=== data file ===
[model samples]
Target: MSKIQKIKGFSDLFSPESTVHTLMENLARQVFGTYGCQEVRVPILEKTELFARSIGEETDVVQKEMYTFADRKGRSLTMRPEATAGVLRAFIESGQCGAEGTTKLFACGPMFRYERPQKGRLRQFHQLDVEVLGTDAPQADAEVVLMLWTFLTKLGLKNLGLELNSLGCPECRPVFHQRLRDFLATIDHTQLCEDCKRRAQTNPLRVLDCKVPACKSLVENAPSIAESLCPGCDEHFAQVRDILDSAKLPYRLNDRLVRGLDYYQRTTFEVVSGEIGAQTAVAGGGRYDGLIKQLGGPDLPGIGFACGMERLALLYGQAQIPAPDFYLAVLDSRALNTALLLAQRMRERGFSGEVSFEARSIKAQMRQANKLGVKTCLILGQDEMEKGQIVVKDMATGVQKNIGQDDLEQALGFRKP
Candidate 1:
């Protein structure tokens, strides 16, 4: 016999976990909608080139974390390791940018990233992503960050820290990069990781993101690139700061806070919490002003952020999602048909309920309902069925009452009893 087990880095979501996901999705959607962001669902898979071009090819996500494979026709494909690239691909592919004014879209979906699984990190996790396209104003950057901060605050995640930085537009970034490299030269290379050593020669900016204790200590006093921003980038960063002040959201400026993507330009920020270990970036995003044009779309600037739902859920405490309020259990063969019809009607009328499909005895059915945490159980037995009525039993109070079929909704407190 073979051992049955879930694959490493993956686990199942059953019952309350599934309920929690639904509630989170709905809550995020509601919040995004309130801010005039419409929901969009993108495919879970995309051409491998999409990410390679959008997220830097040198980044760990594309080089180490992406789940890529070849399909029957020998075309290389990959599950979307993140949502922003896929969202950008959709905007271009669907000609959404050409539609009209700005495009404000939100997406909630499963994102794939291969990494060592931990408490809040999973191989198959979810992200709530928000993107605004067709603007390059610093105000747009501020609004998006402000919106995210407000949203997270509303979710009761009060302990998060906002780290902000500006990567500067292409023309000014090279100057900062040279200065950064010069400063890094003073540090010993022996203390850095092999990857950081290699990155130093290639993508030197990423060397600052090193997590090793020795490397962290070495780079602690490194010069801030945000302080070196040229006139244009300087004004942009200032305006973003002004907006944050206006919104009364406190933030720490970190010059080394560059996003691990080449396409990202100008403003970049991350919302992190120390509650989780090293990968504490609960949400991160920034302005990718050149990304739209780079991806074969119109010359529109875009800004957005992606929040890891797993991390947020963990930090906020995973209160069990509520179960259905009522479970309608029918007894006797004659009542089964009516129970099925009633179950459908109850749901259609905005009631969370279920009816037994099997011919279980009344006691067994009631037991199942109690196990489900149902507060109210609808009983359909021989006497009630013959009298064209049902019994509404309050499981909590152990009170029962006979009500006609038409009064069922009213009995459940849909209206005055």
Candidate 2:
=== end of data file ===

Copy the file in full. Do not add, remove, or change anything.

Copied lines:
[model samples]
Target: MSKIQKIKGFSDLFSPESTVHTLMENLARQVFGTYGCQEVRVPILEKTELFARSIGEETDVVQKEMYTFADRKGRSLTMRPEATAGVLRAFIESGQCGAEGTTKLFACGPMFRYERPQKGRLRQFHQLDVEVLGTDAPQADAEVVLMLWTFLTKLGLKNLGLELNSLGCPECRPVFHQRLRDFLATIDHTQLCEDCKRRAQTNPLRVLDCKVPACKSLVENAPSIAESLCPGCDEHFAQVRDILDSAKLPYRLNDRLVRGLDYYQRTTFEVVSGEIGAQTAVAGGGRYDGLIKQLGGPDLPGIGFACGMERLALLYGQAQIPAPDFYLAVLDSRALNTALLLAQRMRERGFSGEVSFEARSIKAQMRQANKLGVKTCLILGQDEMEKGQIVVKDMATGVQKNIGQDDLEQALGFRKP
Candidate 1:
């Protein structure tokens, strides 16, 4: 016999976990909608080139974390390791940018990233992503960050820290990069990781993101690139700061806070919490002003952020999602048909309920309902069925009452009893 087990880095979501996901999705959607962001669902898979071009090819996500494979026709494909690239691909592919004014879209979906699984990190996790396209104003950057901060605050995640930085537009970034490299030269290379050593020669900016204790200590006093921003980038960063002040959201400026993507330009920020270990970036995003044009779309600037739902859920405490309020259990063969019809009607009328499909005895059915945490159980037995009525039993109070079929909704407190 073979051992049955879930694959490493993956686990199942059953019952309350599934309920929690639904509630989170709905809550995020509601919040995004309130801010005039419409929901969009993108495919879970995309051409491998999409990410390679959008997220830097040198980044760990594309080089180490992406789940890529070849399909029957020998075309290389990959599950979307993140949502922003896929969202950008959709905007271009669907000609959404050409539609009209700005495009404000939100997406909630499963994102794939291969990494060592931990408490809040999973191989198959979810992200709530928000993107605004067709603007390059610093105000747009501020609004998006402000919106995210407000949203997270509303979710009761009060302990998060906002780290902000500006990567500067292409023309000014090279100057900062040279200065950064010069400063890094003073540090010993022996203390850095092999990857950081290699990155130093290639993508030197990423060397600052090193997590090793020795490397962290070495780079602690490194010069801030945000302080070196040229006139244009300087004004942009200032305006973003002004907006944050206006919104009364406190933030720490970190010059080394560059996003691990080449396409990202100008403003970049991350919302992190120390509650989780090293990968504490609960949400991160920034302005990718050149990304739209780079991806074969119109010359529109875009800004957005992606929040890891797993991390947020963990930090906020995973209160069990509520179960259905009522479970309608029918007894006797004659009542089964009516129970099925009633179950459908109850749901259609905005009631969370279920009816037994099997011919279980009344006691067994009631037991199942109690196990489900149902507060109210609808009983359909021989006497009630013959009298064209049902019994509404309050499981909590152990009170029962006979009500006609038409009064069922009213009995459940849909209206005055």
Candidate 2: